The current leasehold reform is changing the landscape of residential new build plot sales, both in terms of substance and policy. It is understandable therefore, that when property developers are readying their sites for plot sales there is an element of uncertainty as to what should or shouldn’t be included in the new leases.

Here is a brief rundown of the common questions we encounter when drafting new residential leases and our answers.

What level of ground rent should be charged?

Historically, this has usually been determined by the developer and is quite often linked to the property type. For example, a studio flat would yield a lower ground rent than a penthouse apartment in the same block. However, we would now advise that ground rents do not exceed £250 per year and in any event, should not exceed 0.1% of the purchase price. For more information on this, please refer to our article specifically discussing the leasehold reform.

Can I set the ground rent review to double on each review?

Not if you want your buyers to be able to obtain a mortgage. The majority of lenders now have a blanket refusal policy on doubling ground rent reviews. The most accepted method of ground rent review is to have the review linked to the Retails Price Index.

What term should I grant the leases for?

The majority of lenders now require that leases are granted with a minimum term of 125 years.

When the purchasers sell their flats on, how will I know who the new tenant is?

We include requirements in all our leases that the incoming tenant must provide notice to the Landlord and any management company informing them of their purchase and providing details of their lender (if they have a mortgage). The incoming tenant must also enter into a Deed of Covenant with the management company where they agree to perform all the tenant’s obligations under the lease.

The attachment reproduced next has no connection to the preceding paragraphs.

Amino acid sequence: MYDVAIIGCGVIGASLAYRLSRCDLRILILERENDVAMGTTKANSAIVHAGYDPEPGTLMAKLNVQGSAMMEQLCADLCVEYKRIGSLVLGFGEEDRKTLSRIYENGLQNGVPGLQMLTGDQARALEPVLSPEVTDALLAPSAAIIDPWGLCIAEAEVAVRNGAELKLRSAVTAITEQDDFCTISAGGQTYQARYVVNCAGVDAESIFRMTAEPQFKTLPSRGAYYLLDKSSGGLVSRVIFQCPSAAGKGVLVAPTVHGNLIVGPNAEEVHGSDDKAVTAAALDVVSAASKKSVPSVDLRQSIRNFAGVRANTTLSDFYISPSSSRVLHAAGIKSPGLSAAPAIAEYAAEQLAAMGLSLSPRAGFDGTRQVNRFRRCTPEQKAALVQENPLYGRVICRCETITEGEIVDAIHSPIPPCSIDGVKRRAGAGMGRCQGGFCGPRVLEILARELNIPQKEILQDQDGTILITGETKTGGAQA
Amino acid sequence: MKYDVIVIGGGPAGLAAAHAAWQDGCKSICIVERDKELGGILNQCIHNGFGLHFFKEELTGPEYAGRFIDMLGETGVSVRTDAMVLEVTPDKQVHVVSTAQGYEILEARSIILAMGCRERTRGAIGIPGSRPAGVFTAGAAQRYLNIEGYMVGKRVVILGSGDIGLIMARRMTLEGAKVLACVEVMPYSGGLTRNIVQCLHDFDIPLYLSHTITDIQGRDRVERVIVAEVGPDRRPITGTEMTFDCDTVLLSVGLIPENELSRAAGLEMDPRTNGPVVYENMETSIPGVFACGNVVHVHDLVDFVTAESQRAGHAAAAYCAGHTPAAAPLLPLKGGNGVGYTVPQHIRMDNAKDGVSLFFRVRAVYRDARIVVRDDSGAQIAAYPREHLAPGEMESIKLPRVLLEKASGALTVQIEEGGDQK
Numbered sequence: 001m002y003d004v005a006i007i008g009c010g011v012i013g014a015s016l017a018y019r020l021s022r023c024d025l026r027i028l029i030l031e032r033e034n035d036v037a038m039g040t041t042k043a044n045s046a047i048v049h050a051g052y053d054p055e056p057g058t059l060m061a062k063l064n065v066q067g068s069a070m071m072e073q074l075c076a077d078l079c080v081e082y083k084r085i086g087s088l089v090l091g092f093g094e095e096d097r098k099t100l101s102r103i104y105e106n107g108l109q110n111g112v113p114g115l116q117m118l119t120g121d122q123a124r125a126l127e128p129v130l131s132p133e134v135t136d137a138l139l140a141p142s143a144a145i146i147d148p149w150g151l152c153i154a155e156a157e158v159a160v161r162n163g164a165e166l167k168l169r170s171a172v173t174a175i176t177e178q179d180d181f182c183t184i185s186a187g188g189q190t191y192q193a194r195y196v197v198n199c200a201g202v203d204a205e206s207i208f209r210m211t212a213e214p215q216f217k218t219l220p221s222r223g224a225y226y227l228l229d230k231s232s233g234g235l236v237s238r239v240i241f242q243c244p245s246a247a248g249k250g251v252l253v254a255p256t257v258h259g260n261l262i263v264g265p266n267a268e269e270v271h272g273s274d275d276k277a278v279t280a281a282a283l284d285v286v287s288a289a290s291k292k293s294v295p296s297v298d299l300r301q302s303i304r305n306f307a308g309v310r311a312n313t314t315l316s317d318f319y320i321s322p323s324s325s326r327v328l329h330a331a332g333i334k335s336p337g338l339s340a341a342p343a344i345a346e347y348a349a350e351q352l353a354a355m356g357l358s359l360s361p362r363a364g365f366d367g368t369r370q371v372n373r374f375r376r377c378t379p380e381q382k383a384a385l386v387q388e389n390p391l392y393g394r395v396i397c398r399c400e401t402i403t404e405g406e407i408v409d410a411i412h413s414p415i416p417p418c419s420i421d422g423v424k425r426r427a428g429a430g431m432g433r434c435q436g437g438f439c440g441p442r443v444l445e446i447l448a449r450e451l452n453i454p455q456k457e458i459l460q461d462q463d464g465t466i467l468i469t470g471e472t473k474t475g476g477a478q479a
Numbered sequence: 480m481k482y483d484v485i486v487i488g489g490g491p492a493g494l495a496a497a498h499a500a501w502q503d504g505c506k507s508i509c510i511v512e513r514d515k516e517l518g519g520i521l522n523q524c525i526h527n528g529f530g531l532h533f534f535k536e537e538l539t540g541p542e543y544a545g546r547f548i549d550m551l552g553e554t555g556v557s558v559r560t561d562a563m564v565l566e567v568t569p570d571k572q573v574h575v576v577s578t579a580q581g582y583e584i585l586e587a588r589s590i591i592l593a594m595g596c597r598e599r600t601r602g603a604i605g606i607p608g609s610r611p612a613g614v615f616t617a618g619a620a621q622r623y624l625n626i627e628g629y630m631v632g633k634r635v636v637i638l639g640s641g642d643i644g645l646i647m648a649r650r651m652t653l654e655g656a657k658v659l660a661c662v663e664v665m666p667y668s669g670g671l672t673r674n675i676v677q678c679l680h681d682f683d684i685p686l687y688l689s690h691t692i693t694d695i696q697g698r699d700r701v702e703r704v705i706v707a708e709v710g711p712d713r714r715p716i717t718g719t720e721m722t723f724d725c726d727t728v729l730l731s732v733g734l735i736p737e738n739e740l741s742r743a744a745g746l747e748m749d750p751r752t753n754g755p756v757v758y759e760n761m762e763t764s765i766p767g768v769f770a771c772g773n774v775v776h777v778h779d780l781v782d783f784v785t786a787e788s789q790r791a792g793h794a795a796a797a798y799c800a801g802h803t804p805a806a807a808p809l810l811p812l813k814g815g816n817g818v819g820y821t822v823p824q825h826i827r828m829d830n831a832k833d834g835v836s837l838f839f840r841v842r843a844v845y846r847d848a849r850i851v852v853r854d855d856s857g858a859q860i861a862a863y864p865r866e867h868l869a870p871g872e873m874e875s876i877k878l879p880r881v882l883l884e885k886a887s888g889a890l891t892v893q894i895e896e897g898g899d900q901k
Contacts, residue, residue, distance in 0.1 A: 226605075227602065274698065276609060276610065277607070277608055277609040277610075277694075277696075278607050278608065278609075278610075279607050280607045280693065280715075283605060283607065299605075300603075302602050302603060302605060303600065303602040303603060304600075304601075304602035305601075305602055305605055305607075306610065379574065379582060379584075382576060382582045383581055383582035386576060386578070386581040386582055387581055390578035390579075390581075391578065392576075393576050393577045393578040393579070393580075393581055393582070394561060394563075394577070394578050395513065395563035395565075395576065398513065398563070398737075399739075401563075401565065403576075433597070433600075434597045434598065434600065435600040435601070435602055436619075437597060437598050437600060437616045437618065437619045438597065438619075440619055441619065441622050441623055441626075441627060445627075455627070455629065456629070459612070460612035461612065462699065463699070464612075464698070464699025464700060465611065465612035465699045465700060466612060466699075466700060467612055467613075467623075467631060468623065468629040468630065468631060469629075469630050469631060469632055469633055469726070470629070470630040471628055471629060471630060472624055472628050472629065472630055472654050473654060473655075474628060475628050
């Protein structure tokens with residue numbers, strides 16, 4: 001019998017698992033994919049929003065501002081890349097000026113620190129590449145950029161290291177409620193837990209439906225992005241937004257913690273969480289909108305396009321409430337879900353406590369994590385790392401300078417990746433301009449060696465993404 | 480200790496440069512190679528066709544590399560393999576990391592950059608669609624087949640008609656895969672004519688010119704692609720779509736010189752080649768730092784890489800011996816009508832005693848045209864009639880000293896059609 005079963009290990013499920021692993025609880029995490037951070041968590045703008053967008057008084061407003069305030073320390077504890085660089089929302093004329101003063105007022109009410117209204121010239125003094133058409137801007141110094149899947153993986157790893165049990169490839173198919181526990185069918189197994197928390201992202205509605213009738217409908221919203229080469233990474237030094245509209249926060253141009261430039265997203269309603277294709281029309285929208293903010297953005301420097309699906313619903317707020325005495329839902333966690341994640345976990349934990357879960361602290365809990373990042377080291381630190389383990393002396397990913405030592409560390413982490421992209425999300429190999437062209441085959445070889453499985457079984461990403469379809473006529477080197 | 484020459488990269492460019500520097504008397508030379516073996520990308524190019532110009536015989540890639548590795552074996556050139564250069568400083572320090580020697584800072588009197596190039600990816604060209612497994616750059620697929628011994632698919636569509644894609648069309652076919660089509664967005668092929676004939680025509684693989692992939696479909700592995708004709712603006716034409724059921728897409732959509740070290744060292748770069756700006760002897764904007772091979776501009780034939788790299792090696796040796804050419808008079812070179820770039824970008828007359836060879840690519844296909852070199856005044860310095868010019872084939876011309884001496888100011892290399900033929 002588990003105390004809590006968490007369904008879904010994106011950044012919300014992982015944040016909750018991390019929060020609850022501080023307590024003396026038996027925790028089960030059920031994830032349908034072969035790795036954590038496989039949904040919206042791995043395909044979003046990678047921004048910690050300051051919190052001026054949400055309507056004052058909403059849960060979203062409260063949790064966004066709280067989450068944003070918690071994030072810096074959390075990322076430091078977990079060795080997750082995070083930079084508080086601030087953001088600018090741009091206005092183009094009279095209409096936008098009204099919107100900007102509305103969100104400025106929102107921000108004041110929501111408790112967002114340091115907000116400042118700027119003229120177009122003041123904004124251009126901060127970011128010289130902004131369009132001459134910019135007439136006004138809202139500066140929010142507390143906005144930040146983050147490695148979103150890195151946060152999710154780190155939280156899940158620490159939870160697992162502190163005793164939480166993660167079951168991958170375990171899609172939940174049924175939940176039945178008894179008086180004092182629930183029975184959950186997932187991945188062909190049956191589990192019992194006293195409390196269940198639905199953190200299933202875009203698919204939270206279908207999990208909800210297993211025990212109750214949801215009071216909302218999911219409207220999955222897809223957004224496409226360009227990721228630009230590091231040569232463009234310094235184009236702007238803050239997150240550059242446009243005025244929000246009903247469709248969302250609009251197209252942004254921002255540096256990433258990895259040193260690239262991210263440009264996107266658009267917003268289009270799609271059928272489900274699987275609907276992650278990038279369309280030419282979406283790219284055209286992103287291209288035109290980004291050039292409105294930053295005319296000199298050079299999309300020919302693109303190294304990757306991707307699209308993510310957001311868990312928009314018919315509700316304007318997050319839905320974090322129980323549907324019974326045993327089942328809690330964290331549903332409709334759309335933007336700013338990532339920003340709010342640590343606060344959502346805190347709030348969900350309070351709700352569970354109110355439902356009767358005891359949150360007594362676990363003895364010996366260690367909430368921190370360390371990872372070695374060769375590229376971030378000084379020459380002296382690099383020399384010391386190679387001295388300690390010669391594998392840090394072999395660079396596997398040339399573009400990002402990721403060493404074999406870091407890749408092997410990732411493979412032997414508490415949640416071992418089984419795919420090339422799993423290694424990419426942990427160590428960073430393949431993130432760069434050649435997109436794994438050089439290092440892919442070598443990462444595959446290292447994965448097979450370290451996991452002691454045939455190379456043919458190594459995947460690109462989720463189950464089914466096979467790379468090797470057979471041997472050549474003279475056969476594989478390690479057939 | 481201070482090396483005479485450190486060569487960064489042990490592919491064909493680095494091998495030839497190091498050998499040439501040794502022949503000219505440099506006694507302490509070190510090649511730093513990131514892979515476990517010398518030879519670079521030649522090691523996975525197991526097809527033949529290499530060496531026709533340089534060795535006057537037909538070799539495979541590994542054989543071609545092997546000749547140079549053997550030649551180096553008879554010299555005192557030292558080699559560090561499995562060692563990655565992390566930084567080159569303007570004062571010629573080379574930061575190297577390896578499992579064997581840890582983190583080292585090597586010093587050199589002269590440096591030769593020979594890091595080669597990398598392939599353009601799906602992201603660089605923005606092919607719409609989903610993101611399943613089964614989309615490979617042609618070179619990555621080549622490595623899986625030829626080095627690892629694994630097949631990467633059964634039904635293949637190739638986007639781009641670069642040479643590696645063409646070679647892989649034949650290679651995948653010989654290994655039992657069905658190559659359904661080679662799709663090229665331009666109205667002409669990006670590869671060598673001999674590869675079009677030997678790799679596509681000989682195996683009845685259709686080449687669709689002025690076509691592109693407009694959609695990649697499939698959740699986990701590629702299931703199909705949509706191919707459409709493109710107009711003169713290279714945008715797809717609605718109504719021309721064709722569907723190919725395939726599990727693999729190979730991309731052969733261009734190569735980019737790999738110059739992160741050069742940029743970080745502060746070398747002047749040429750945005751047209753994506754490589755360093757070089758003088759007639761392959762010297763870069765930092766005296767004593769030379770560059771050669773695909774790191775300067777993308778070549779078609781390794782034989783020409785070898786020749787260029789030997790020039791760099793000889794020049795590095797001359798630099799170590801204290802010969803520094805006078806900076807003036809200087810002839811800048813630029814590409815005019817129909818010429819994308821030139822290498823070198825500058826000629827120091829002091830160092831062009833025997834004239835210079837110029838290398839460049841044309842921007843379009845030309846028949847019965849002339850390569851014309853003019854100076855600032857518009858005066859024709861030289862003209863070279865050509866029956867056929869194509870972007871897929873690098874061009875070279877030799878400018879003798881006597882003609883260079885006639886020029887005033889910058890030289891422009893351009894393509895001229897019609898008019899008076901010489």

How do I deal with the parking spaces on the development?

With regards to parking spaces which are to be used by the owners of the flats, there are two options:

  • They can be included in the property to be sold to the tenant under the lease. This means the tenant would be the leasehold owner of the parking space and therefore responsible for the maintenance of it.
  • The tenant can be given just a right to use the parking space. The tenant would therefore not own the space and would simply have the exclusive right to use it. In this circumstance, the management company would usually then be responsible for maintenance.

What happens if a tenant does not pay the sums due under the lease, such as ground rent or service charge?

Usually it is best to try and resolve this amicably with a tenant and find out why they have not paid such sums, in order to avoid the costs involved in enforcement action. However, technically under the lease, if any amounts are unpaid for more than 21 days, the Landlord has the right to re-enter the property and the lease would be forfeited.

Is the tenant allowed to sub-let the property?

The usual lease provisions stipulate that the tenant is not allowed to sub-let or assign part only of the property. This means that they are not permitted to rent out a room to someone else. The lease allows the whole of the property to be sub-let, but only if certain conditions are met.

If there is a problem with another part of the building or development, can I access the flat after it has been sold?

Yes. The lease should reserve rights to the Landlord and the Management Company allowing them to access the property under certain circumstances. In order to exercise such rights, the Landlord/Management Company would need to give the tenant reasonable written notice (unless in the case of an emergency).

Can I sell the freehold to the building once I have sold all of the flats?

Yes absolutely. However, there are strict rules and procedures in place which govern the sale of freehold reversions including the requirements surrounding giving the right of first refusal to the flat owners.